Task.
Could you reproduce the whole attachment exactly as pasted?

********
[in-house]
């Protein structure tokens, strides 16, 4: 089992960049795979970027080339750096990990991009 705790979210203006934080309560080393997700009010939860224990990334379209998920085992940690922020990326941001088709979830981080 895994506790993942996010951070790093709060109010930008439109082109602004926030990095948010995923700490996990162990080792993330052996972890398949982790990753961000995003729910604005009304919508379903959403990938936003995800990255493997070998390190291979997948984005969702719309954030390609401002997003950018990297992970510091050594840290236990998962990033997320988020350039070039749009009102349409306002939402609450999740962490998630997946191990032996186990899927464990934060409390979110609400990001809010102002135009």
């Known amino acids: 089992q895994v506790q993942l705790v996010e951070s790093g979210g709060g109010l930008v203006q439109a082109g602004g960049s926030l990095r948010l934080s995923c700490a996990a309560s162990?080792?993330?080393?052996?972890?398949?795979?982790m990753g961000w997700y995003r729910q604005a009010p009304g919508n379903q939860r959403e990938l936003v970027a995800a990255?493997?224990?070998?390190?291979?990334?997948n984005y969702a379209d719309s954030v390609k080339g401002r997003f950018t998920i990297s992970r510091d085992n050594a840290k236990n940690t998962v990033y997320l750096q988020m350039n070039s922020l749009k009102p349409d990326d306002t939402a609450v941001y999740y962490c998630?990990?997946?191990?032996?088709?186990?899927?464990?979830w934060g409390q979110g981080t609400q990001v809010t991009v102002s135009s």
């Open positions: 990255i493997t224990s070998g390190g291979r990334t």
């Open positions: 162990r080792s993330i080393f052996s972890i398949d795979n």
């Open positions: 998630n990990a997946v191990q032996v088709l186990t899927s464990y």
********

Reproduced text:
[in-house]
């Protein structure tokens, strides 16, 4: 089992960049795979970027080339750096990990991009 705790979210203006934080309560080393997700009010939860224990990334379209998920085992940690922020990326941001088709979830981080 895994506790993942996010951070790093709060109010930008439109082109602004926030990095948010995923700490996990162990080792993330052996972890398949982790990753961000995003729910604005009304919508379903959403990938936003995800990255493997070998390190291979997948984005969702719309954030390609401002997003950018990297992970510091050594840290236990998962990033997320988020350039070039749009009102349409306002939402609450999740962490998630997946191990032996186990899927464990934060409390979110609400990001809010102002135009």
């Known amino acids: 089992q895994v506790q993942l705790v996010e951070s790093g979210g709060g109010l930008v203006q439109a082109g602004g960049s926030l990095r948010l934080s995923c700490a996990a309560s162990?080792?993330?080393?052996?972890?398949?795979?982790m990753g961000w997700y995003r729910q604005a009010p009304g919508n379903q939860r959403e990938l936003v970027a995800a990255?493997?224990?070998?390190?291979?990334?997948n984005y969702a379209d719309s954030v390609k080339g401002r997003f950018t998920i990297s992970r510091d085992n050594a840290k236990n940690t998962v990033y997320l750096q988020m350039n070039s922020l749009k009102p349409d990326d306002t939402a609450v941001y999740y962490c998630?990990?997946?191990?032996?088709?186990?899927?464990?979830w934060g409390q979110g981080t609400q990001v809010t991009v102002s135009s």
């Open positions: 990255i493997t224990s070998g390190g291979r990334t």
């Open positions: 162990r080792s993330i080393f052996s972890i398949d795979n």
């Open positions: 998630n990990a997946v191990q032996v088709l186990t899927s464990y």